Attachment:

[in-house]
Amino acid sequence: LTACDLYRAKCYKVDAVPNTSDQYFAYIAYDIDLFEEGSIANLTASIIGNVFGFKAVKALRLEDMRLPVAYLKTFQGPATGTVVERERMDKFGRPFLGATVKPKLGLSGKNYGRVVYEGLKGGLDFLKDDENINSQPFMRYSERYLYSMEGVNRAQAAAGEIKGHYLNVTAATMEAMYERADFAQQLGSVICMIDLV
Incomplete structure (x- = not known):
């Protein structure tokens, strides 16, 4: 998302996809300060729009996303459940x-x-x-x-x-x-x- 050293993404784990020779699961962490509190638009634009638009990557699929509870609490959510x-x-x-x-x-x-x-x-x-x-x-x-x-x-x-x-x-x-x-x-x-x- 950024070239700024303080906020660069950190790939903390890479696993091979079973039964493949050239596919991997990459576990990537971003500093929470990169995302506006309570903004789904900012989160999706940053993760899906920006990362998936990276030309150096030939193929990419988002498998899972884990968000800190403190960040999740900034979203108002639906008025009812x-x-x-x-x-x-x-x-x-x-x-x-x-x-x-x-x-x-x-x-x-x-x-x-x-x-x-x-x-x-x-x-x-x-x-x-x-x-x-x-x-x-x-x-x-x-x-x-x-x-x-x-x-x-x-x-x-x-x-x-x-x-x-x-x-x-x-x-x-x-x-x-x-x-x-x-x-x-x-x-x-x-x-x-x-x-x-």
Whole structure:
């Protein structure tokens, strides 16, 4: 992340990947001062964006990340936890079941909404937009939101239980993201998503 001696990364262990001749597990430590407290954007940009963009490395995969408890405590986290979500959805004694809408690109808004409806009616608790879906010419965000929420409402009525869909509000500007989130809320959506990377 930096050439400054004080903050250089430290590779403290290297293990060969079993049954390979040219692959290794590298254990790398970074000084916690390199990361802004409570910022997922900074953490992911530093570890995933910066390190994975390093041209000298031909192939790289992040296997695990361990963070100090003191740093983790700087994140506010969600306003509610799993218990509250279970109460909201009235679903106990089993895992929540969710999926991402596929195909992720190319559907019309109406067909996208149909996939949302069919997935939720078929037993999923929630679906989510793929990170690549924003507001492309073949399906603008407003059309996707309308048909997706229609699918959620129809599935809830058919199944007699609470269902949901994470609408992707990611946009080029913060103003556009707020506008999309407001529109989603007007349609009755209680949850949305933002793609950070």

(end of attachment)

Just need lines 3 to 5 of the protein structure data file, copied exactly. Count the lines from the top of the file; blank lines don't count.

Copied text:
Incomplete structure (x- = not known):
């Protein structure tokens, strides 16, 4: 998302996809300060729009996303459940x-x-x-x-x-x-x- 050293993404784990020779699961962490509190638009634009638009990557699929509870609490959510x-x-x-x-x-x-x-x-x-x-x-x-x-x-x-x-x-x-x-x-x-x- 950024070239700024303080906020660069950190790939903390890479696993091979079973039964493949050239596919991997990459576990990537971003500093929470990169995302506006309570903004789904900012989160999706940053993760899906920006990362998936990276030309150096030939193929990419988002498998899972884990968000800190403190960040999740900034979203108002639906008025009812x-x-x-x-x-x-x-x-x-x-x-x-x-x-x-x-x-x-x-x-x-x-x-x-x-x-x-x-x-x-x-x-x-x-x-x-x-x-x-x-x-x-x-x-x-x-x-x-x-x-x-x-x-x-x-x-x-x-x-x-x-x-x-x-x-x-x-x-x-x-x-x-x-x-x-x-x-x-x-x-x-x-x-x-x-x-x-």
Whole structure: